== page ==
In order to bring you the most accurate and useful information possible, Employee Selection and Development, Inc. will be issuing PRACTICAL RESEARCH REPORTS quarterly. Its purpose is to give you practical and useful information on hiring, motivating, and managing employees. Should you have any questions or want further elaboration, please contact us by email or call 800-947-5678.

Bert Zinkand




  • Creative and Artistic
  • Personality TestingHigh Energy Level
  • Enthusiastic
  • Outgoing
  • Innovative
  • Stimulating and Motivating
  • Fun to Work with
  • Enjoys Selling and Persuading Activities
  • Excellent Communication Skills
  • Personable
  • Approachable
  • Flexible on Rules and Regulations

Improvement Opportunities

  • Usually Disorganzied
  • Need Direction to be Consistent
  • Often Unrealistic and Impractical
  • Poor at Giving Instructions or Directions
  • Easily Side Tracked, Goes off on Tangents
  • Impulsive with People and Ideas
  • Relies on Hunches Sometimes Causing Mistakes
  • Often Reacts Emotionally

Recognition Factors

  • Greets you Enthusiastically
  • Work area is Typically cluttered
  • Close Physical Distance is Preferred
  • Active and Expressive Body Movements
  • Work Area Contains Personal Information (photos, etc.)
  • Leans Forward when Talking
  • Likes to Talk about Family or Personal Life
  • Friendly and Open
  • Dress is Fashionable and Often Wears Jewelry


Works well with the “Driver” and “Supporter” personality types. Dislikes the “Thinker” type personality.


Approaching the “Motivator”

Approach them in an informal and personal manner that places the emphasis upon the relationship. They are typically socially impulsive and easy to meet. Be entertaining and fast moving. Be interesting but brief. Feel free to use hand and body movements to project and expressive and outgoing personality style. Avoid slumping in your chair; talking too slowly; and speaking in monotones. Avoid subject matter where you might lose control, such as religion or politics. Keep them on track and avoid tangents. Your intial meeting should be directed toward having them talk aboutt heir opinions, ideas, and objectives. Try to share their aspirations and dreams. Attempt to develop ideas together.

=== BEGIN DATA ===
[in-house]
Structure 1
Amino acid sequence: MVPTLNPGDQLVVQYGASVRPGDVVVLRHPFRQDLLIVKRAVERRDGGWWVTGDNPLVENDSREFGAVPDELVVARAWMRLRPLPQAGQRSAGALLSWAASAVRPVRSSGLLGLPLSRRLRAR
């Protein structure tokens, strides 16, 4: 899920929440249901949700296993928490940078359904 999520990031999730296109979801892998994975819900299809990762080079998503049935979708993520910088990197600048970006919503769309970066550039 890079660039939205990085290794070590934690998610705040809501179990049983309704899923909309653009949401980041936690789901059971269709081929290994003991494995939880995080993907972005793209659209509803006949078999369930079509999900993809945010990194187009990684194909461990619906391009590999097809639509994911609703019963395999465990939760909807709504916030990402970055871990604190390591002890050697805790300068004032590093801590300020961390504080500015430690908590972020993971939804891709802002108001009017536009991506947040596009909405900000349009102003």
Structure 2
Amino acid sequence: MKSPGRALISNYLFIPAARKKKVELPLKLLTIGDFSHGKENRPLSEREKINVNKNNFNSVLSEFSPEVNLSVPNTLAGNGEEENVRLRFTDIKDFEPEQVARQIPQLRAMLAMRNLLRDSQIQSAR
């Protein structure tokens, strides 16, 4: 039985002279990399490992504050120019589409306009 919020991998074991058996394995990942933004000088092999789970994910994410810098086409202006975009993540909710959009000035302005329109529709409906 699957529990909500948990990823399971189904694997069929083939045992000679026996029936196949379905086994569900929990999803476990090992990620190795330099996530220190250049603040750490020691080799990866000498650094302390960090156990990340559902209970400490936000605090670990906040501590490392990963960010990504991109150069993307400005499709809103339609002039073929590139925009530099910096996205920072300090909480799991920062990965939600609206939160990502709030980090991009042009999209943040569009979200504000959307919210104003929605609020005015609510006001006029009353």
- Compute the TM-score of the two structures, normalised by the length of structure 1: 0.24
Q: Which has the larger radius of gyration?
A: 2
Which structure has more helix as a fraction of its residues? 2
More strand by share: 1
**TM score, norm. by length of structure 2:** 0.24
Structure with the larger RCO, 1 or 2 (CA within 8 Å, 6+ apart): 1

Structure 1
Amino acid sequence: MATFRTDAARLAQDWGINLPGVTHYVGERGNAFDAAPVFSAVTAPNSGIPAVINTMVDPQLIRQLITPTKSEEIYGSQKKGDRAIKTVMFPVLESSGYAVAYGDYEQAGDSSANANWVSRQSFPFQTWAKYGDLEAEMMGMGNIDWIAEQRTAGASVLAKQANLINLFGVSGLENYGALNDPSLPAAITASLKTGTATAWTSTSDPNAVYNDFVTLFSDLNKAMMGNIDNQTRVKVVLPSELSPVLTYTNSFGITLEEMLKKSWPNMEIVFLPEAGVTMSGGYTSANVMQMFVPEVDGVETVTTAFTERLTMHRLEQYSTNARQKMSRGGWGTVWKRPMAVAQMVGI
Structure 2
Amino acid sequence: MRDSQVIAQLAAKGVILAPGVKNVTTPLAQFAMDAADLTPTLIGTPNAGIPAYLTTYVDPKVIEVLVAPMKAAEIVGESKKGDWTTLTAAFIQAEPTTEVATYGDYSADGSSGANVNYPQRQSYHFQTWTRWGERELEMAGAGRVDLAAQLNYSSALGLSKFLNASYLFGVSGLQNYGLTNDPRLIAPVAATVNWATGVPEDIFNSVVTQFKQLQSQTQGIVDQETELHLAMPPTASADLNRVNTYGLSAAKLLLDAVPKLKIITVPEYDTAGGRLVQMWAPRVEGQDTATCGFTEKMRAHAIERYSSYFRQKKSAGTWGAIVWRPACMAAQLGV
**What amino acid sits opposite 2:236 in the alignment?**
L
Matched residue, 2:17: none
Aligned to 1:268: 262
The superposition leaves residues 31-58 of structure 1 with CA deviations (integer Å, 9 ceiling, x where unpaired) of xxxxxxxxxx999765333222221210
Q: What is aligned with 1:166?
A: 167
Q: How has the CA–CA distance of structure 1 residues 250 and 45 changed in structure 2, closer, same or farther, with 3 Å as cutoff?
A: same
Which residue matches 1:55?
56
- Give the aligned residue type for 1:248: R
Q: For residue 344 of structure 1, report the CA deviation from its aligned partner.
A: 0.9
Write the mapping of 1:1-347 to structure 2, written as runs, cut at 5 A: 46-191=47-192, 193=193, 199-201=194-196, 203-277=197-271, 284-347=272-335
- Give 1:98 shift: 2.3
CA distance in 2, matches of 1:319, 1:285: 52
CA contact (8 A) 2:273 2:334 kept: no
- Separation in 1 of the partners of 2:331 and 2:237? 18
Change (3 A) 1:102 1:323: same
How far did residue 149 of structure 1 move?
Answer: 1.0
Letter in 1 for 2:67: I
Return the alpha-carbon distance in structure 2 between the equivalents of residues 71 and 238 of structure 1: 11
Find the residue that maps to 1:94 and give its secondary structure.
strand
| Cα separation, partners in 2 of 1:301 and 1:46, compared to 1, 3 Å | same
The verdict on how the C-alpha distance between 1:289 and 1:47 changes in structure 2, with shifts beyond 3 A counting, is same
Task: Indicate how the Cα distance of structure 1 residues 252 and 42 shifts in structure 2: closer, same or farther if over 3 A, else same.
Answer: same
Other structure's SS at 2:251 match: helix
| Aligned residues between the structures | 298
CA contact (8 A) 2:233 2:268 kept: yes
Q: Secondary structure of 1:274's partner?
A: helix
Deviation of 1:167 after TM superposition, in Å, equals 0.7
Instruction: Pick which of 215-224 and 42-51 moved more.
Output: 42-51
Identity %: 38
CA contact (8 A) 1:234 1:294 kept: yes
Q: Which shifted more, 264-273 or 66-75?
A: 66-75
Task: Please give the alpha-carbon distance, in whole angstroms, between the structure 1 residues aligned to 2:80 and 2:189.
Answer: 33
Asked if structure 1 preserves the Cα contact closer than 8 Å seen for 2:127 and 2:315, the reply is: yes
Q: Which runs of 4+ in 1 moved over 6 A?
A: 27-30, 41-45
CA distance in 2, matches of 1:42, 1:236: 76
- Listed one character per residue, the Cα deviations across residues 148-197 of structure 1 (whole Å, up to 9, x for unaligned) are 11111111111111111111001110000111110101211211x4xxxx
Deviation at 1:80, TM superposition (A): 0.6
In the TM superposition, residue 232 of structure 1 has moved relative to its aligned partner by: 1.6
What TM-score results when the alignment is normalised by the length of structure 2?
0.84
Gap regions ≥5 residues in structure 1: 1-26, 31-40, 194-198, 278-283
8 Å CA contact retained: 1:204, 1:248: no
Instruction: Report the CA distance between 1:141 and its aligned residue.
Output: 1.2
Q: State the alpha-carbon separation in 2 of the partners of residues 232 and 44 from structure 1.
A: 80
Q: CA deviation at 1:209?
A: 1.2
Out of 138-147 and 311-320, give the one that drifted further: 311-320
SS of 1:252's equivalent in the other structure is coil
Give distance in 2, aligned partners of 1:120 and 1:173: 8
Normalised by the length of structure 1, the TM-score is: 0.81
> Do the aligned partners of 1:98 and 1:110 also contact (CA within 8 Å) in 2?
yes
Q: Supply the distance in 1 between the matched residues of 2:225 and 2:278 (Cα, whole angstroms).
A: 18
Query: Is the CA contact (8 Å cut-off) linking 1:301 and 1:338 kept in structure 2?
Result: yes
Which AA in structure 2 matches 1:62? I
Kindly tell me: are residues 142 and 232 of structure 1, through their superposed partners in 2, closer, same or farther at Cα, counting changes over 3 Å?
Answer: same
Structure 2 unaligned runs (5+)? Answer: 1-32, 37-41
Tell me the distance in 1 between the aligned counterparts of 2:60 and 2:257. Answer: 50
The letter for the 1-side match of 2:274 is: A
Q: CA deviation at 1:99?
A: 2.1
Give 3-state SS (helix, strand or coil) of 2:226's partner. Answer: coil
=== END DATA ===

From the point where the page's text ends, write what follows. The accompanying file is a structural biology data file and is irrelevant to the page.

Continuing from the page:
Persuading and Selling the “Motivator”

“Motivator” type personalities often need directions. use questions to help channel the conversations toward determining their needs. Avoid using the pronoun “I”. Use “Don’t you believe” or “Wouldn’t you agree” questions that interject your beliefs into the conversation. These interjections do not challenge their self-esteem and keep you from competing with them. It also keeps them from going off on tangents. Their high confidence level will not typically allow them to lose an argument or serious debate. Be quick to agree. When you have to disagree; use “Yes, but…” statements. Confrontation is seldom successful. If you win the argument – you’ll lose the sale. Don’t be afraid to sell your personal relationship and the service you and provide. They typically seek out mutually beneficial relationships. Use stimulating examples, case histories, and testimonials from important people to make your point. They often make decisions based on status, prestige, acceptance, or approval.

Closing the “Motivator”

“Motivators” decide to accept an idea because it “looks and feels right.” The details should be left until the decision and commitments are made. For example, “Motivators” buy an automible because it is aesthetically pleasing and luxurious, not because of it’s technical specifications. Sell the sizzle, not the steak.  Sell pictures, concepts, and ideas; not the details of how or why it works. “Motivators” typically do not like to say “No” and will avoid a negative response if given the opportunity. Avoid criticism or high pressure that forces them to subordinate their ego. Incentives and deadlines help them to become impulsive decision makers. Make the concept simple, easy to accept, and “feel right”; and then you will close the “Motivator.”